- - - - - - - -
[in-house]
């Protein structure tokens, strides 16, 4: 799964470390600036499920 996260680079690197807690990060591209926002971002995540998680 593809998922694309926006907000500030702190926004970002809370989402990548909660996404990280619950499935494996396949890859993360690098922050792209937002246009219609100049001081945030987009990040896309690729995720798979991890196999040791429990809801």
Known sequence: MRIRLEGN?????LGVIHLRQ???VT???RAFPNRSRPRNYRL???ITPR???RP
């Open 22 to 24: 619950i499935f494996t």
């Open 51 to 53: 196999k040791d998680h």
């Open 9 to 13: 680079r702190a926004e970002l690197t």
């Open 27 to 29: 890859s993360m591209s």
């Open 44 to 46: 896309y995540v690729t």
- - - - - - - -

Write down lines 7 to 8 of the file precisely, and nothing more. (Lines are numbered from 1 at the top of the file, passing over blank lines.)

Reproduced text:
């Open 27 to 29: 890859s993360m591209s």
């Open 44 to 46: 896309y995540v690729t």